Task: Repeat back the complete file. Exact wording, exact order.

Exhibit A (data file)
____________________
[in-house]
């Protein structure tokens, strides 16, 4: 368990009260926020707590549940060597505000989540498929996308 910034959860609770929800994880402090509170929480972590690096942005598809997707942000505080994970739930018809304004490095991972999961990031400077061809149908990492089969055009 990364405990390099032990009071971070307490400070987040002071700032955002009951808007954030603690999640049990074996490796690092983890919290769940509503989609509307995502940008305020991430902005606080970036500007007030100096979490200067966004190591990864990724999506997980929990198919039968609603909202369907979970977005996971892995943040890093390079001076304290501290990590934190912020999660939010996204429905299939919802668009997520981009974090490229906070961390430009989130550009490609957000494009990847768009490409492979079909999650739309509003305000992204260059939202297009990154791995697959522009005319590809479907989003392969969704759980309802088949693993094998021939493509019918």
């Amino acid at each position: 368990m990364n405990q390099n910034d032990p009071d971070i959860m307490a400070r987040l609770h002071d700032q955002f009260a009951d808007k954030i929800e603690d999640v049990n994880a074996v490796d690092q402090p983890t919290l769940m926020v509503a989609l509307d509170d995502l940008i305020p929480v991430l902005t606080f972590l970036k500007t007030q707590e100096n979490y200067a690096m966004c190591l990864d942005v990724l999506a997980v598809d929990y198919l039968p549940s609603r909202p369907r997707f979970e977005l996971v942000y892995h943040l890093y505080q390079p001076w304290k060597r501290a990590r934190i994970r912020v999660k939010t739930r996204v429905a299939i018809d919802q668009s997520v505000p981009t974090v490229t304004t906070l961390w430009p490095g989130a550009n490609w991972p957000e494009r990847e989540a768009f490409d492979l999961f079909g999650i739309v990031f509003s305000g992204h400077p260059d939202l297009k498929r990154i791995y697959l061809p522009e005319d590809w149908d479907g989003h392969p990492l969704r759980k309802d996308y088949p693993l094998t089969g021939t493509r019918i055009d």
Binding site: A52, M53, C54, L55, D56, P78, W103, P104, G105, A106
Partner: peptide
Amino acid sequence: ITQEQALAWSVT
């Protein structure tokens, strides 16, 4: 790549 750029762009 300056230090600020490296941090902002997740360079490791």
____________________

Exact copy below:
[in-house]
């Protein structure tokens, strides 16, 4: 368990009260926020707590549940060597505000989540498929996308 910034959860609770929800994880402090509170929480972590690096942005598809997707942000505080994970739930018809304004490095991972999961990031400077061809149908990492089969055009 990364405990390099032990009071971070307490400070987040002071700032955002009951808007954030603690999640049990074996490796690092983890919290769940509503989609509307995502940008305020991430902005606080970036500007007030100096979490200067966004190591990864990724999506997980929990198919039968609603909202369907979970977005996971892995943040890093390079001076304290501290990590934190912020999660939010996204429905299939919802668009997520981009974090490229906070961390430009989130550009490609957000494009990847768009490409492979079909999650739309509003305000992204260059939202297009990154791995697959522009005319590809479907989003392969969704759980309802088949693993094998021939493509019918």
């Amino acid at each position: 368990m990364n405990q390099n910034d032990p009071d971070i959860m307490a400070r987040l609770h002071d700032q955002f009260a009951d808007k954030i929800e603690d999640v049990n994880a074996v490796d690092q402090p983890t919290l769940m926020v509503a989609l509307d509170d995502l940008i305020p929480v991430l902005t606080f972590l970036k500007t007030q707590e100096n979490y200067a690096m966004c190591l990864d942005v990724l999506a997980v598809d929990y198919l039968p549940s609603r909202p369907r997707f979970e977005l996971v942000y892995h943040l890093y505080q390079p001076w304290k060597r501290a990590r934190i994970r912020v999660k939010t739930r996204v429905a299939i018809d919802q668009s997520v505000p981009t974090v490229t304004t906070l961390w430009p490095g989130a550009n490609w991972p957000e494009r990847e989540a768009f490409d492979l999961f079909g999650i739309v990031f509003s305000g992204h400077p260059d939202l297009k498929r990154i791995y697959l061809p522009e005319d590809w149908d479907g989003h392969p990492l969704r759980k309802d996308y088949p693993l094998t089969g021939t493509r019918i055009d």
Binding site: A52, M53, C54, L55, D56, P78, W103, P104, G105, A106
Partner: peptide
Amino acid sequence: ITQEQALAWSVT
């Protein structure tokens, strides 16, 4: 790549 750029762009 300056230090600020490296941090902002997740360079490791």